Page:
Credit Suisse has said that the CoC (committee of creditors) for the resolution of Reliance Capital does not have the power to approve the resolution plan pending litigation in the National Company Law Tribunal (NCLT).

The administrator of Reliance Capital had rejected Credit Suisse’s claim of being a financial creditor with a debt of ₹660 crore (as of December 2021) in February 2022. This was challenged by Credit Suisse and the matter is pending in NCLT, Credit Suisse said in a letter accessed by businessline.

Credit Suisse AG, Mumbai branch is the onshore security trustee acting on behalf of the lenders—Credit Suisse AG (Singapore branch), Federal Bank and Far Eastern International Bank. The claim pertains to Credit Suisse being a secured creditor by way of Reliance Capital’s entire shareholding in Reliance General Insurance in favour of IDBI Trusteeship Services.

Read: NCLT extends RCap resolution deadline till July 16 

In the letter, it requested the administrator not to proceed with any discussion on the resolution plan, much less its finalisation as the NCLT’s decision on the claim will have a bearing on the constitution of the CoC, consequent voting rights vis-à-vis the approval of the resolution plan, and distribution of the proceeds, among other things.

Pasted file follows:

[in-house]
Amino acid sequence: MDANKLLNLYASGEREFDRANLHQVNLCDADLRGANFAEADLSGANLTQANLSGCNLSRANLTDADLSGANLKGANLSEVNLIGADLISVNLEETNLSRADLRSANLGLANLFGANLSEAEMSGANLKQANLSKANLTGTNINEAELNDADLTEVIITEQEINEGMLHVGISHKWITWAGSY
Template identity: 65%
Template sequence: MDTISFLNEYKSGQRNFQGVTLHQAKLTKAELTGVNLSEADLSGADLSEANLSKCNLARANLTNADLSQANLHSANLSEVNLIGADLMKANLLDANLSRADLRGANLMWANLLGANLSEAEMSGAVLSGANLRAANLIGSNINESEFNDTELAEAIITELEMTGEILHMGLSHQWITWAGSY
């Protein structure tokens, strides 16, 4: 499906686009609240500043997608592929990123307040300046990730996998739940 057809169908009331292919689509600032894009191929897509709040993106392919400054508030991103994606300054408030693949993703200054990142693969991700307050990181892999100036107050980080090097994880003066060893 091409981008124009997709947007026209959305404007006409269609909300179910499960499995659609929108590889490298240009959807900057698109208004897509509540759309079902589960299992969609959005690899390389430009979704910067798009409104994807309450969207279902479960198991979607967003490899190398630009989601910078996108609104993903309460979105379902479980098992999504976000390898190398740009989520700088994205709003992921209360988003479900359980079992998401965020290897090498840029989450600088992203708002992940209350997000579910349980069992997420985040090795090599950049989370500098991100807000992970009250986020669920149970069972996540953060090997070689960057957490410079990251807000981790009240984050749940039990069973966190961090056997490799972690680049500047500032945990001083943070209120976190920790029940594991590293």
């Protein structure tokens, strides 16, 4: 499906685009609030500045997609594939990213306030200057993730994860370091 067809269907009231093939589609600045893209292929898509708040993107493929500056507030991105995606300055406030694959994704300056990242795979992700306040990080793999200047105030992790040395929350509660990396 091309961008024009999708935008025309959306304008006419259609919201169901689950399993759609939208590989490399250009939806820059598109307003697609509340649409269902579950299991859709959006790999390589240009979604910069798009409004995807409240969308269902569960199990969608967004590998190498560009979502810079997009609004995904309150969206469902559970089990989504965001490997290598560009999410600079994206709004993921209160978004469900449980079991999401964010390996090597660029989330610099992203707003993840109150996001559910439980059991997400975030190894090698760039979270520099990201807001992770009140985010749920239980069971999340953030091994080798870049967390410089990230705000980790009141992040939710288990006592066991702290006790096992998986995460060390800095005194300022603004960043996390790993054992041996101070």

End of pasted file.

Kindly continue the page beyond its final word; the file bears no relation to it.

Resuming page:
The CoC in the process of reviewing the ₹10,000 crore bid by IndusInd International Holding, the sole bidder in the extended challenge mechanism held on April 26.

Approval of any resolution plan would not only be bad in law but “travesty of justice” and go against the intent of the IBC, the letter said, adding that it is warranted that a decision on the resolution plan be taken after the NCLT’s decision.

“The cost of CIRP would invariably increase in the event the resolution plan has to test waters post the decision of the Claim Rejection IA which would then once again lead to reconstitution of the CoC. Besides, it would also lead to multiplicity of proceedings that would emanate from such unilateral action.”